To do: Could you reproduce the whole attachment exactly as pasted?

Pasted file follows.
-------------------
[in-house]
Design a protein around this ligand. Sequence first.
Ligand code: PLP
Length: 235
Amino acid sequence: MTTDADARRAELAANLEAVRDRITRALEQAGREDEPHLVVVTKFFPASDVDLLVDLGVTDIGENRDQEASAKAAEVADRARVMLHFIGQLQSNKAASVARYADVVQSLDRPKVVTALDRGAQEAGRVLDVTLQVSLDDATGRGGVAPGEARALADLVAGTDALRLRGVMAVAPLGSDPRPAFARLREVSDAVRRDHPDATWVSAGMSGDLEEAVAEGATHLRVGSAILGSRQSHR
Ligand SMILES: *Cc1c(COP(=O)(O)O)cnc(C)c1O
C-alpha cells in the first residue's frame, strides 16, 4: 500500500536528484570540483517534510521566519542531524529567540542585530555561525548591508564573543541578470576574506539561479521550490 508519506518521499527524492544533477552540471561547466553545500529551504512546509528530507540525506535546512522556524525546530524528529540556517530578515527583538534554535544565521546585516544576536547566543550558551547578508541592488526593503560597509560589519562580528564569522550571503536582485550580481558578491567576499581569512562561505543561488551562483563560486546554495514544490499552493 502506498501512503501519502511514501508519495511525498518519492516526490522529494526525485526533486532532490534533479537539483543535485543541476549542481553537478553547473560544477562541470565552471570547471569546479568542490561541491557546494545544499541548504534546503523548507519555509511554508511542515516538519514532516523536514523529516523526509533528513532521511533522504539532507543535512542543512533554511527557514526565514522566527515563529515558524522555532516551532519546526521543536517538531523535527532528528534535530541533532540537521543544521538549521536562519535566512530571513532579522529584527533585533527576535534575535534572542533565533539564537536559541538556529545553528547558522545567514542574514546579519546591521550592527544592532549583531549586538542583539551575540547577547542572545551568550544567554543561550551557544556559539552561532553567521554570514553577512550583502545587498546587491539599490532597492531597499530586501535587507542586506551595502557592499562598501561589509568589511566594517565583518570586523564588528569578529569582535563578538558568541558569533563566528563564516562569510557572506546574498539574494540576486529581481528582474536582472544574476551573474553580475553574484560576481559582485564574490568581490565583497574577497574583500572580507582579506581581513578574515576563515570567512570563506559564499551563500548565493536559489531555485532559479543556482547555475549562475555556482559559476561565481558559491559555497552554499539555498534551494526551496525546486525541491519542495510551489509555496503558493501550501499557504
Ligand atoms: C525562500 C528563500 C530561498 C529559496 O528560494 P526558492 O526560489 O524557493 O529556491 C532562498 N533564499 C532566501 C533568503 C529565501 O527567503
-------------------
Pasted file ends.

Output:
[in-house]
Design a protein around this ligand. Sequence first.
Ligand code: PLP
Length: 235
Amino acid sequence: MTTDADARRAELAANLEAVRDRITRALEQAGREDEPHLVVVTKFFPASDVDLLVDLGVTDIGENRDQEASAKAAEVADRARVMLHFIGQLQSNKAASVARYADVVQSLDRPKVVTALDRGAQEAGRVLDVTLQVSLDDATGRGGVAPGEARALADLVAGTDALRLRGVMAVAPLGSDPRPAFARLREVSDAVRRDHPDATWVSAGMSGDLEEAVAEGATHLRVGSAILGSRQSHR
Ligand SMILES: *Cc1c(COP(=O)(O)O)cnc(C)c1O
C-alpha cells in the first residue's frame, strides 16, 4: 500500500536528484570540483517534510521566519542531524529567540542585530555561525548591508564573543541578470576574506539561479521550490 508519506518521499527524492544533477552540471561547466553545500529551504512546509528530507540525506535546512522556524525546530524528529540556517530578515527583538534554535544565521546585516544576536547566543550558551547578508541592488526593503560597509560589519562580528564569522550571503536582485550580481558578491567576499581569512562561505543561488551562483563560486546554495514544490499552493 502506498501512503501519502511514501508519495511525498518519492516526490522529494526525485526533486532532490534533479537539483543535485543541476549542481553537478553547473560544477562541470565552471570547471569546479568542490561541491557546494545544499541548504534546503523548507519555509511554508511542515516538519514532516523536514523529516523526509533528513532521511533522504539532507543535512542543512533554511527557514526565514522566527515563529515558524522555532516551532519546526521543536517538531523535527532528528534535530541533532540537521543544521538549521536562519535566512530571513532579522529584527533585533527576535534575535534572542533565533539564537536559541538556529545553528547558522545567514542574514546579519546591521550592527544592532549583531549586538542583539551575540547577547542572545551568550544567554543561550551557544556559539552561532553567521554570514553577512550583502545587498546587491539599490532597492531597499530586501535587507542586506551595502557592499562598501561589509568589511566594517565583518570586523564588528569578529569582535563578538558568541558569533563566528563564516562569510557572506546574498539574494540576486529581481528582474536582472544574476551573474553580475553574484560576481559582485564574490568581490565583497574577497574583500572580507582579506581581513578574515576563515570567512570563506559564499551563500548565493536559489531555485532559479543556482547555475549562475555556482559559476561565481558559491559555497552554499539555498534551494526551496525546486525541491519542495510551489509555496503558493501550501499557504
Ligand atoms: C525562500 C528563500 C530561498 C529559496 O528560494 P526558492 O526560489 O524557493 O529556491 C532562498 N533564499 C532566501 C533568503 C529565501 O527567503